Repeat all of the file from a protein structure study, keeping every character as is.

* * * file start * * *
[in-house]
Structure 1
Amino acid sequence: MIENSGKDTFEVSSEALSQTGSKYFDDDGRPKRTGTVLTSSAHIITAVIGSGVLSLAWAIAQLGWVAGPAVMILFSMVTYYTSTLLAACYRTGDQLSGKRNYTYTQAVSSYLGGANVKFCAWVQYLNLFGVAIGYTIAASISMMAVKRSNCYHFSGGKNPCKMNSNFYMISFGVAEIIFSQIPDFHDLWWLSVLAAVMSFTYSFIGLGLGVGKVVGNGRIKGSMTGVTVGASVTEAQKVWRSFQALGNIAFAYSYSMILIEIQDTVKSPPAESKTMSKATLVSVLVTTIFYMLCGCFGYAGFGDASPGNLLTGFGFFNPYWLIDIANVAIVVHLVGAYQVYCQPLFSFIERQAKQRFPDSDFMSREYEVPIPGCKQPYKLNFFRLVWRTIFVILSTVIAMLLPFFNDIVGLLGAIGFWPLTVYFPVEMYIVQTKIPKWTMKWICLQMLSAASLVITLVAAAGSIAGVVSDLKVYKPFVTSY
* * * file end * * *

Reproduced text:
[in-house]
Structure 1
Amino acid sequence: MIENSGKDTFEVSSEALSQTGSKYFDDDGRPKRTGTVLTSSAHIITAVIGSGVLSLAWAIAQLGWVAGPAVMILFSMVTYYTSTLLAACYRTGDQLSGKRNYTYTQAVSSYLGGANVKFCAWVQYLNLFGVAIGYTIAASISMMAVKRSNCYHFSGGKNPCKMNSNFYMISFGVAEIIFSQIPDFHDLWWLSVLAAVMSFTYSFIGLGLGVGKVVGNGRIKGSMTGVTVGASVTEAQKVWRSFQALGNIAFAYSYSMILIEIQDTVKSPPAESKTMSKATLVSVLVTTIFYMLCGCFGYAGFGDASPGNLLTGFGFFNPYWLIDIANVAIVVHLVGAYQVYCQPLFSFIERQAKQRFPDSDFMSREYEVPIPGCKQPYKLNFFRLVWRTIFVILSTVIAMLLPFFNDIVGLLGAIGFWPLTVYFPVEMYIVQTKIPKWTMKWICLQMLSAASLVITLVAAAGSIAGVVSDLKVYKPFVTSY